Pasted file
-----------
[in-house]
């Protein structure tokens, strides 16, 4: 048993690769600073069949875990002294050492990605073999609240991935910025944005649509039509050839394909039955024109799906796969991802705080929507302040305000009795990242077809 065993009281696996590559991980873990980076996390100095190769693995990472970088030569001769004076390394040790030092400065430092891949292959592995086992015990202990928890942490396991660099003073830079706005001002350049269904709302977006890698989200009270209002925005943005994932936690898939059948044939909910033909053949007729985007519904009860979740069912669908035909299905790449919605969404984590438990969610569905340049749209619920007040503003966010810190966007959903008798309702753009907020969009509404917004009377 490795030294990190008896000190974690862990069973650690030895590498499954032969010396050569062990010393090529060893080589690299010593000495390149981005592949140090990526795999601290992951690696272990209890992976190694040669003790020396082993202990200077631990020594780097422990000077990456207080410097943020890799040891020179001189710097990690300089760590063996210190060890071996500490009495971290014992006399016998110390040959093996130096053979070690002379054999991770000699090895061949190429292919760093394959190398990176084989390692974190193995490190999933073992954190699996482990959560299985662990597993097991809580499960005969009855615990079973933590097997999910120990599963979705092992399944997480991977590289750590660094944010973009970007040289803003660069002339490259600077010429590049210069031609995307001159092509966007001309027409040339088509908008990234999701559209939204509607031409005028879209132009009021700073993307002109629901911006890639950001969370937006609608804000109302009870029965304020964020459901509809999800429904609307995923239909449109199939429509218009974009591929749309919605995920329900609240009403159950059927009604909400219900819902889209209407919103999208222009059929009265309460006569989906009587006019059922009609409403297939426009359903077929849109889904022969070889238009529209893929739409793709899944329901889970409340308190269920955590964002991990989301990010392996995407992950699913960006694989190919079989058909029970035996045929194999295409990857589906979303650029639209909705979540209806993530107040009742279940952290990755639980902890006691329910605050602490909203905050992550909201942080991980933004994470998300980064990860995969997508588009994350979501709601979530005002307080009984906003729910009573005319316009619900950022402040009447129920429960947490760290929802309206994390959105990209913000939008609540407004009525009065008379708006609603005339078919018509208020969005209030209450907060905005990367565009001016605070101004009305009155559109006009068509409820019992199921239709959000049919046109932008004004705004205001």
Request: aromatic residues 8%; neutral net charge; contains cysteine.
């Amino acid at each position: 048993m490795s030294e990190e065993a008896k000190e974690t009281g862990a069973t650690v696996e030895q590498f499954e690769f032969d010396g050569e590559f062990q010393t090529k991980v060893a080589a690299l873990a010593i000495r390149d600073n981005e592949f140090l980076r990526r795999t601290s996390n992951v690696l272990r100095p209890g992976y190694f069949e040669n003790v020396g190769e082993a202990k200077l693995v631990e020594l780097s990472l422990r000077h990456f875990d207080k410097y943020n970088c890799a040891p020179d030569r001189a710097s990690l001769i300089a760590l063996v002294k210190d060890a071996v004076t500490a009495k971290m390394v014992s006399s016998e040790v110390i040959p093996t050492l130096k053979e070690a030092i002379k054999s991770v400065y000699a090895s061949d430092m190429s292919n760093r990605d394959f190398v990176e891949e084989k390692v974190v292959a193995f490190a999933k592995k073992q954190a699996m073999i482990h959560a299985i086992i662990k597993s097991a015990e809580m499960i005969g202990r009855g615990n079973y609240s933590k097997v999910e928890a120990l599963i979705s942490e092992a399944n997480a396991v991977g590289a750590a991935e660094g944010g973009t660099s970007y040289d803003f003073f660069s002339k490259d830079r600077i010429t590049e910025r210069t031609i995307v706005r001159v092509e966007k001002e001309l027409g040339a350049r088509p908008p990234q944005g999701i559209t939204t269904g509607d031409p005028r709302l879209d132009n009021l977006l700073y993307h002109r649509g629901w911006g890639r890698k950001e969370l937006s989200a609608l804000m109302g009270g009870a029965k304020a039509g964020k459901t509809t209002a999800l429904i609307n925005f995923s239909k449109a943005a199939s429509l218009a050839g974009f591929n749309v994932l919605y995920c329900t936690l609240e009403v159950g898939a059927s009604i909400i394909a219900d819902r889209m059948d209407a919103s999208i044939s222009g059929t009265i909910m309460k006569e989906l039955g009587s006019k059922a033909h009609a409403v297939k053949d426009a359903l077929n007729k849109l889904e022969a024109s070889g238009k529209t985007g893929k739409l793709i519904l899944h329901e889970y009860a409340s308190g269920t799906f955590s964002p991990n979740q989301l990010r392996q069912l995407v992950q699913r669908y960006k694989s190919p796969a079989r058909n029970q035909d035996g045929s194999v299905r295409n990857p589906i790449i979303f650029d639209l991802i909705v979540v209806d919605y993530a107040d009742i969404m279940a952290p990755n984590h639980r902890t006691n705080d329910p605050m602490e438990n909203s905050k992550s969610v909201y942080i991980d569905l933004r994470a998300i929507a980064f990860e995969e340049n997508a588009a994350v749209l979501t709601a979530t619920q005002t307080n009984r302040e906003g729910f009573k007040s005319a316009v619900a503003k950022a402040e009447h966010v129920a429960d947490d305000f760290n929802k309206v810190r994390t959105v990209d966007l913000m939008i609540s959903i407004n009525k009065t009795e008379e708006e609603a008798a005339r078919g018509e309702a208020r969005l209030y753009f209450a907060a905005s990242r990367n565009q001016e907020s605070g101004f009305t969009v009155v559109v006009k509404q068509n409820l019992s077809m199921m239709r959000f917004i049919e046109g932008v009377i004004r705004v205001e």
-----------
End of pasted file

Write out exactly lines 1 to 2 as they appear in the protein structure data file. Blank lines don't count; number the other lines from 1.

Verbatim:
[in-house]
């Protein structure tokens, strides 16, 4: 048993690769600073069949875990002294050492990605073999609240991935910025944005649509039509050839394909039955024109799906796969991802705080929507302040305000009795990242077809 065993009281696996590559991980873990980076996390100095190769693995990472970088030569001769004076390394040790030092400065430092891949292959592995086992015990202990928890942490396991660099003073830079706005001002350049269904709302977006890698989200009270209002925005943005994932936690898939059948044939909910033909053949007729985007519904009860979740069912669908035909299905790449919605969404984590438990969610569905340049749209619920007040503003966010810190966007959903008798309702753009907020969009509404917004009377 490795030294990190008896000190974690862990069973650690030895590498499954032969010396050569062990010393090529060893080589690299010593000495390149981005592949140090990526795999601290992951690696272990209890992976190694040669003790020396082993202990200077631990020594780097422990000077990456207080410097943020890799040891020179001189710097990690300089760590063996210190060890071996500490009495971290014992006399016998110390040959093996130096053979070690002379054999991770000699090895061949190429292919760093394959190398990176084989390692974190193995490190999933073992954190699996482990959560299985662990597993097991809580499960005969009855615990079973933590097997999910120990599963979705092992399944997480991977590289750590660094944010973009970007040289803003660069002339490259600077010429590049210069031609995307001159092509966007001309027409040339088509908008990234999701559209939204509607031409005028879209132009009021700073993307002109629901911006890639950001969370937006609608804000109302009870029965304020964020459901509809999800429904609307995923239909449109199939429509218009974009591929749309919605995920329900609240009403159950059927009604909400219900819902889209209407919103999208222009059929009265309460006569989906009587006019059922009609409403297939426009359903077929849109889904022969070889238009529209893929739409793709899944329901889970409340308190269920955590964002991990989301990010392996995407992950699913960006694989190919079989058909029970035996045929194999295409990857589906979303650029639209909705979540209806993530107040009742279940952290990755639980902890006691329910605050602490909203905050992550909201942080991980933004994470998300980064990860995969997508588009994350979501709601979530005002307080009984906003729910009573005319316009619900950022402040009447129920429960947490760290929802309206994390959105990209913000939008609540407004009525009065008379708006609603005339078919018509208020969005209030209450907060905005990367565009001016605070101004009305009155559109006009068509409820019992199921239709959000049919046109932008004004705004205001």